Mildish version of these events happen about every 4-5 days in the high country. Strong versions about once every 9 days. So you can

http://www.highfirerisk.com.au/papers/afac08_03_poster.pdf
http://www.highfirerisk.com.au/papers/afac08_04_poster.pdf

Simple Fire Danger Estimation

FMI = 10 - 0.25 (T - H) where FMI=Fuel moisture index/drought factor (0-10), T = temperature (Celsius) and H = relative humidity
FDI = W / FMI where FDI = Fire danger index, W = wind speed (kph)

As T - H approaches 40, the FMI approaches 0 and the FDI takes off into the stratosphere. This measure doesn't seem to produce the same really high peaks as the McArthur meters on very high days, but it's pretty easy to calculate.

http://www.bushfirecrc.com/publications/B_Sharples2.pdf

Watch-Outs

There's a poster of watch-out rules of thumb for these effects.

http://www.bushfirecrc.com/publications/B_Sharples6.pdf
• Current Music
The Voice - The Boys Next Door

From the Bungendore School Playground

With a due nod to the Opies.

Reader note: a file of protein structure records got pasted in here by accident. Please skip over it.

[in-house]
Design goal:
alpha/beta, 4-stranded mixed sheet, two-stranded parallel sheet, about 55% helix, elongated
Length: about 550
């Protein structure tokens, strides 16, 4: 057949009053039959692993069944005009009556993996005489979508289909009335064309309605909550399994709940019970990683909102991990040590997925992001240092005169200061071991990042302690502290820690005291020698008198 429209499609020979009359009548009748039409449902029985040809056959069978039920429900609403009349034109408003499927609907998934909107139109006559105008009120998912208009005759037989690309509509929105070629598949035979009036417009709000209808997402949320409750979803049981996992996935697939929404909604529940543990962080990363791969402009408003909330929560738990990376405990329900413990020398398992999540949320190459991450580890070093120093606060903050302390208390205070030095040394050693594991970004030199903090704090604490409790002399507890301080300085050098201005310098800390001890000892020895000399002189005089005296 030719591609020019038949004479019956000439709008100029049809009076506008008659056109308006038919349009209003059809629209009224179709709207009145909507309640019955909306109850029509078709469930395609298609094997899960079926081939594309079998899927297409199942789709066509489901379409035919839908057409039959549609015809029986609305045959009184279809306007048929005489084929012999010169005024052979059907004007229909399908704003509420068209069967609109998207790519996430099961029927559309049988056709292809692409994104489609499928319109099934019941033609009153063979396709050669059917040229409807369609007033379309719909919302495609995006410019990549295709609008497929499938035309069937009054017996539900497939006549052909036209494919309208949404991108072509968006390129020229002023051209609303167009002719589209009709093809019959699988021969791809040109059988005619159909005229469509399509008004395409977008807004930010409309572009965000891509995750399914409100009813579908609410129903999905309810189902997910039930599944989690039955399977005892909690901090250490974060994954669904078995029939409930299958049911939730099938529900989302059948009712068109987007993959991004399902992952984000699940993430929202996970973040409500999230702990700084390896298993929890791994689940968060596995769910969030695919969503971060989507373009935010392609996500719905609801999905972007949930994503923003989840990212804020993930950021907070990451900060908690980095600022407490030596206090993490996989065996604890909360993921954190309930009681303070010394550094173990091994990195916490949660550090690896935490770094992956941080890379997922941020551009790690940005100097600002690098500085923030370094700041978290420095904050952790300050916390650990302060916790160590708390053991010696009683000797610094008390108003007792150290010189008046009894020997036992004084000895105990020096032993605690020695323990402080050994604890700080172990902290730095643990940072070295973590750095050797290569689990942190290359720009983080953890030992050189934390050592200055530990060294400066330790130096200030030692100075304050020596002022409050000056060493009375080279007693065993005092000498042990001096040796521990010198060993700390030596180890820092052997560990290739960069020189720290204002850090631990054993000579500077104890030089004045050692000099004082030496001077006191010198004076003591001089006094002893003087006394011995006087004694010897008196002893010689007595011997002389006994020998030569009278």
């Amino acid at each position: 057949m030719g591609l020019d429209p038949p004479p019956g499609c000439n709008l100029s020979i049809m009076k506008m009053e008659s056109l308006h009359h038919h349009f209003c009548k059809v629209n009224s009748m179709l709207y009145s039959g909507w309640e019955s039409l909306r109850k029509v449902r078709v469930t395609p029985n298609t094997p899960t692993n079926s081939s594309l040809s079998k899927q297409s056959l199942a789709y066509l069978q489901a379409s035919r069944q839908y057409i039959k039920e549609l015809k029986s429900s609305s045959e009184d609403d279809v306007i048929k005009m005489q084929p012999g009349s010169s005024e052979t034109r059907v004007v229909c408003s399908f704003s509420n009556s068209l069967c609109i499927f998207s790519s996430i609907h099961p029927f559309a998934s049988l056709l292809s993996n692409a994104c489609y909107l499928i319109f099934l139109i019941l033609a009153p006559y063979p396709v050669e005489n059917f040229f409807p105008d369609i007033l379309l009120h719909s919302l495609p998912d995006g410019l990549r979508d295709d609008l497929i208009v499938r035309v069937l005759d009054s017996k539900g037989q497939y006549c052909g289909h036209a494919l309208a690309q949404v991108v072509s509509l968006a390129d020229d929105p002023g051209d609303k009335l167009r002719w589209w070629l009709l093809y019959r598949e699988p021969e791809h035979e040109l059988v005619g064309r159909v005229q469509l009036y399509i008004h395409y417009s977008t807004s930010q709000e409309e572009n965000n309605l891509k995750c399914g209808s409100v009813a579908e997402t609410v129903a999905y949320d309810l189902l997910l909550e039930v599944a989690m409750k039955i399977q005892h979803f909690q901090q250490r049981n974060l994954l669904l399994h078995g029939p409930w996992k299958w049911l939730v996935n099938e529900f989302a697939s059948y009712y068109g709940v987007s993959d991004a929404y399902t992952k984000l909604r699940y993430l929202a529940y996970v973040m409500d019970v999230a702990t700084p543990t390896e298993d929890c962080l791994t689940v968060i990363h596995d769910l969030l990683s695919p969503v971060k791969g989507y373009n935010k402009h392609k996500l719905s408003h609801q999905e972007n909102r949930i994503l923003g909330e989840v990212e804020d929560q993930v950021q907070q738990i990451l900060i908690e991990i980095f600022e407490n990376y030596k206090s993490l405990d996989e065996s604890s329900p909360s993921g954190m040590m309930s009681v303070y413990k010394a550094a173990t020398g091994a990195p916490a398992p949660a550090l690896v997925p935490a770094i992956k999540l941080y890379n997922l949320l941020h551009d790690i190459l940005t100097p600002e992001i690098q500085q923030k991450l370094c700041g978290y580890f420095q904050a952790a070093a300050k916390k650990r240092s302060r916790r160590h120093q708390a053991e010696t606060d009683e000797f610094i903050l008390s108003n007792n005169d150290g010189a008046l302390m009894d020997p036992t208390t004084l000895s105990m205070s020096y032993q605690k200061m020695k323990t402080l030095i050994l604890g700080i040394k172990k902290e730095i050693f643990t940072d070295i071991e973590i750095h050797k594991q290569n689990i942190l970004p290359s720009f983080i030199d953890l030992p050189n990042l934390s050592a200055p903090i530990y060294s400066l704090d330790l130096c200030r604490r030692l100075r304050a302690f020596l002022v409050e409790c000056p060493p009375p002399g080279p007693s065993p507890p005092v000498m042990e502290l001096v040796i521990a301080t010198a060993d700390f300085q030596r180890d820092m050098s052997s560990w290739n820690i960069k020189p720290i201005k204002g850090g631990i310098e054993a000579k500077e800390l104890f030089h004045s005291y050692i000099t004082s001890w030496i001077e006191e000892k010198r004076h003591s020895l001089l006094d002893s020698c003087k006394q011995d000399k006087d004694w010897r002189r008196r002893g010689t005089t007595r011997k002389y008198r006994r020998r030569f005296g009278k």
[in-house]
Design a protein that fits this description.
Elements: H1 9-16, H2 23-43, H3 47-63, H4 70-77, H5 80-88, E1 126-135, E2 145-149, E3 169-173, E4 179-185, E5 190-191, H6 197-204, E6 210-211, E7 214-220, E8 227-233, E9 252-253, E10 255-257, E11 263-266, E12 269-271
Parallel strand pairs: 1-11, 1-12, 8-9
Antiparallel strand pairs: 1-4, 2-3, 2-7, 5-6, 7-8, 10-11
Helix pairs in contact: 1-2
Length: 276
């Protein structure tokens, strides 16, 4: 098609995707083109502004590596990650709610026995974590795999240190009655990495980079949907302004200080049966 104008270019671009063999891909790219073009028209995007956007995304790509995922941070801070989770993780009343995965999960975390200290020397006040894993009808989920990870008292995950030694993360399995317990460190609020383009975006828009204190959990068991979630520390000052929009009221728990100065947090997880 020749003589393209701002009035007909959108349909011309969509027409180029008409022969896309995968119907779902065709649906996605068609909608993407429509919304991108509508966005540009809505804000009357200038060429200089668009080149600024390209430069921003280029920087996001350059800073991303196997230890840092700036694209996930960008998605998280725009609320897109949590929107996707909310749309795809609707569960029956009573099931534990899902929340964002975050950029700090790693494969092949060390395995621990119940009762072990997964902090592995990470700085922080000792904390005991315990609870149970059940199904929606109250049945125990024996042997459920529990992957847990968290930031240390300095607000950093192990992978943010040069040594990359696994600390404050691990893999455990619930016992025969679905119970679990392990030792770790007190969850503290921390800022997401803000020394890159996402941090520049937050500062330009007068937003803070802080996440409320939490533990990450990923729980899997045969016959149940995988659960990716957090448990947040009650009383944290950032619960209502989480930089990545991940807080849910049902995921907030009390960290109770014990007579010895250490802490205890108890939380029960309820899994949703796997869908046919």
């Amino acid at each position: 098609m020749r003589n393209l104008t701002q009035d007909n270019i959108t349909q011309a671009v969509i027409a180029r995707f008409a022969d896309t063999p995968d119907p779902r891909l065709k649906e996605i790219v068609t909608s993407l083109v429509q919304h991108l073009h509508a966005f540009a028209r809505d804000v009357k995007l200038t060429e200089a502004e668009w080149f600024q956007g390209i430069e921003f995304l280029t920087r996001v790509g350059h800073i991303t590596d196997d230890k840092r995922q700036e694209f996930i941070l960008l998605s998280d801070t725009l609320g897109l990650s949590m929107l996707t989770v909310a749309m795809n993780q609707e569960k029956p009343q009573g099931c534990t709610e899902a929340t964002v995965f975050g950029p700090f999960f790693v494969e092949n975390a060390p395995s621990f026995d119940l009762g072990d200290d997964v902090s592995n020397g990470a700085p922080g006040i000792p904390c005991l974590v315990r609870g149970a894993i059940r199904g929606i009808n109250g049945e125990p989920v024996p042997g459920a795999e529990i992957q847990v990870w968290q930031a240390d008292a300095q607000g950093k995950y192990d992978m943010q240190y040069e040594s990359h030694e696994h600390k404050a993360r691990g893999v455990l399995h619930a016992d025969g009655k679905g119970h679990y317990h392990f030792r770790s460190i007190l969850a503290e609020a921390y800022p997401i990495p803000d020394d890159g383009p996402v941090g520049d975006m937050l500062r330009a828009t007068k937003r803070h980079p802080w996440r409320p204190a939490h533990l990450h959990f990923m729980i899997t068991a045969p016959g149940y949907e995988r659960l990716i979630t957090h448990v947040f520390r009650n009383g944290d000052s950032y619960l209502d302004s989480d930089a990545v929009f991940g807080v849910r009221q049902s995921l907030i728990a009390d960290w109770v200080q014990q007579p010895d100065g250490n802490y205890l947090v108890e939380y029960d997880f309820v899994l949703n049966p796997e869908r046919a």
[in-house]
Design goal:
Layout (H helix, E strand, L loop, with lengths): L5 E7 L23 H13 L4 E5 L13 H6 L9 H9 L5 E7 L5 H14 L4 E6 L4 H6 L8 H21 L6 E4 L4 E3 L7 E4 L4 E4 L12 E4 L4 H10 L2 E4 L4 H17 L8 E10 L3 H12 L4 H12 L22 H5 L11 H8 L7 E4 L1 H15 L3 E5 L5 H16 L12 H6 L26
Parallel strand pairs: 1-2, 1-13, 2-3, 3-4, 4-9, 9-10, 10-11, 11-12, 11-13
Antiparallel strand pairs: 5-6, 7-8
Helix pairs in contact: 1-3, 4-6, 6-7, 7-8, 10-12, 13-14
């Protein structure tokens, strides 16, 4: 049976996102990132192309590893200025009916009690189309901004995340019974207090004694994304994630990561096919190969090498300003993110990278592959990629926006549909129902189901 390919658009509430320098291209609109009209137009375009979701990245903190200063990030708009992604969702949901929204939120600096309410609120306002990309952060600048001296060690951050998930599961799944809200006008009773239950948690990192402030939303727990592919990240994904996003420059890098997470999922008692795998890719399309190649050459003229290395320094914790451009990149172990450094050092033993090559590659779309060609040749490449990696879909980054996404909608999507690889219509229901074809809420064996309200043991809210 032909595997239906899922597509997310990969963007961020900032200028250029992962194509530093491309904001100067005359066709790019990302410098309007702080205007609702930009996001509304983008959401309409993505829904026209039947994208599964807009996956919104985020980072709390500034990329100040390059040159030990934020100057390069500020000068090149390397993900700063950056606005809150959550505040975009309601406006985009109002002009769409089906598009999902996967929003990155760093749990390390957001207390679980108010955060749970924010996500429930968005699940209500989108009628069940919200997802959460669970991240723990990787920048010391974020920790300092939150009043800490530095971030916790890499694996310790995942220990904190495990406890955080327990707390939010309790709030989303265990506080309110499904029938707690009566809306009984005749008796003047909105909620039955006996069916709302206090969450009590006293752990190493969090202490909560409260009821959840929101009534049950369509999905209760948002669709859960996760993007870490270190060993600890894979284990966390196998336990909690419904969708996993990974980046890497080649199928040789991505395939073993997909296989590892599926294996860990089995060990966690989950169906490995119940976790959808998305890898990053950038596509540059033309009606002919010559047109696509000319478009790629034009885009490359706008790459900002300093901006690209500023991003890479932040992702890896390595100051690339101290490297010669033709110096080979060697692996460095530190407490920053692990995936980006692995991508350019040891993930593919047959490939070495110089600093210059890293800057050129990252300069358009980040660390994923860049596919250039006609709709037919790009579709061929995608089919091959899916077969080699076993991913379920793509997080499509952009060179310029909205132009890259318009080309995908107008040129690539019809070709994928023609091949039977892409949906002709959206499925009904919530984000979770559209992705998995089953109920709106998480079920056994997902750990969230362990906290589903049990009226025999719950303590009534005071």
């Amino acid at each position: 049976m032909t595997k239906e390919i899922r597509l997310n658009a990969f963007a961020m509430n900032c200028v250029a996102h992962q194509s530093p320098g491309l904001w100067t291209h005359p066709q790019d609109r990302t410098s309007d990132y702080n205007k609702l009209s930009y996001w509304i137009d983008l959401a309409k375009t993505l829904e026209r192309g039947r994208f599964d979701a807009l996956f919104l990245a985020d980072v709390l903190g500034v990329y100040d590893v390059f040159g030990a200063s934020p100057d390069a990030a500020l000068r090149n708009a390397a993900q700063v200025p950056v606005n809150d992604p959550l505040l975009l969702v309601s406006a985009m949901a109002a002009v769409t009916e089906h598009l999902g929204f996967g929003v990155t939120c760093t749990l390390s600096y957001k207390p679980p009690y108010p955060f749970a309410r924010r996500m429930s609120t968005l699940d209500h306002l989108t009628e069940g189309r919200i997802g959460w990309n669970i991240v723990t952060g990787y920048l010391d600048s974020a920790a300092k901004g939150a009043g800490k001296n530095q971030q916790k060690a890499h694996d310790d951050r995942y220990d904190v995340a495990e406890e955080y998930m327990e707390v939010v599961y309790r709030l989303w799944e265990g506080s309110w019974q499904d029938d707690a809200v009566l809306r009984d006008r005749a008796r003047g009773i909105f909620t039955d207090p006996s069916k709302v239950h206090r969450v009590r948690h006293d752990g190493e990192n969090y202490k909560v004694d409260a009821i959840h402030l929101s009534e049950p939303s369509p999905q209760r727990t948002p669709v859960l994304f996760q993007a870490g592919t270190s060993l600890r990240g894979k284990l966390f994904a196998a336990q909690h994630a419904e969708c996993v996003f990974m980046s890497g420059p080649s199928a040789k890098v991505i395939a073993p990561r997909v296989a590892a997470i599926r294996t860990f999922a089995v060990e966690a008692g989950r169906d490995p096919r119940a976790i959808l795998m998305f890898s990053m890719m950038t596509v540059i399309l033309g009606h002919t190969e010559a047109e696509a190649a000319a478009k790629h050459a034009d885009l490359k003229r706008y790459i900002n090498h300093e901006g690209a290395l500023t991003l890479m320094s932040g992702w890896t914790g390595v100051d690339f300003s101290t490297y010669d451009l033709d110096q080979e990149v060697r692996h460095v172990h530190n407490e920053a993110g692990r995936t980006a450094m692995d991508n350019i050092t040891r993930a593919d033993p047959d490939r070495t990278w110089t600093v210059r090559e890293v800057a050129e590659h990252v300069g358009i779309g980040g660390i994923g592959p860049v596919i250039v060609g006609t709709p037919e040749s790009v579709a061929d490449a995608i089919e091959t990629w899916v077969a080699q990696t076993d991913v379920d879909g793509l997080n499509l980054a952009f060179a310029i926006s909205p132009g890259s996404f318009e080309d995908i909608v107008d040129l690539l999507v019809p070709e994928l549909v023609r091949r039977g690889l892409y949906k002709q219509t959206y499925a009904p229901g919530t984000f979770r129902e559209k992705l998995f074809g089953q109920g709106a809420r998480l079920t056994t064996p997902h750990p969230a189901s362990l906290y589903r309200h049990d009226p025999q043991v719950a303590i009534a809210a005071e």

To the tune of "This Old Man"

I hate you,
You hate me.
Tinky-winky shot Dipsy.

La-la cried,
Then she died.
Po committed suicide.
Tinky-winky did the same.
Teletubbies are insane.

My little pony,
All skinny and bony.
Put it in the microwave,
And watch it burn!

Put it to bed.
My little pony,

Gently down the stream.
And watch her kick and scream.

Bujold Heroes

I've never really liked Heinlein Heroes because, basically, they're dicks. Bujold heroes, now, especially ones over thirty, ...

nvidia, mythbuntu, 10.04, overscan

Posted as a warning to to others.

I've upgraded from mythbuntu 09.10 to 10.04 and had a bit of a wobbly time. The playback tends to have performance problems and jerk and freeze quite often. And the TV out, which seemed to cause a great deal of problems. The jerkiness seems to be solved somewhat by using the CPU-- playback profile.

The overscan was a bit more of a headache. Basically, the output picture extended beyond the TV and needed to be scaled back. The nvidia documentation list an option called TVOverScan for the xorg.conf file. This does not work, since the option is ignored. What you need to use instead is nvidia-settings. There's an overscan slider in the gui, but it crashes every time I use it.

Instead, what seems to work is using the command-line, putting in

sudo nvidia-settings -c :0.0 -a 'TVOverScan[TV-0]=15'

for some suitable monitor name and overscan value. Then start nvidia-settings and save the configuration. The configuration should be loaded on login.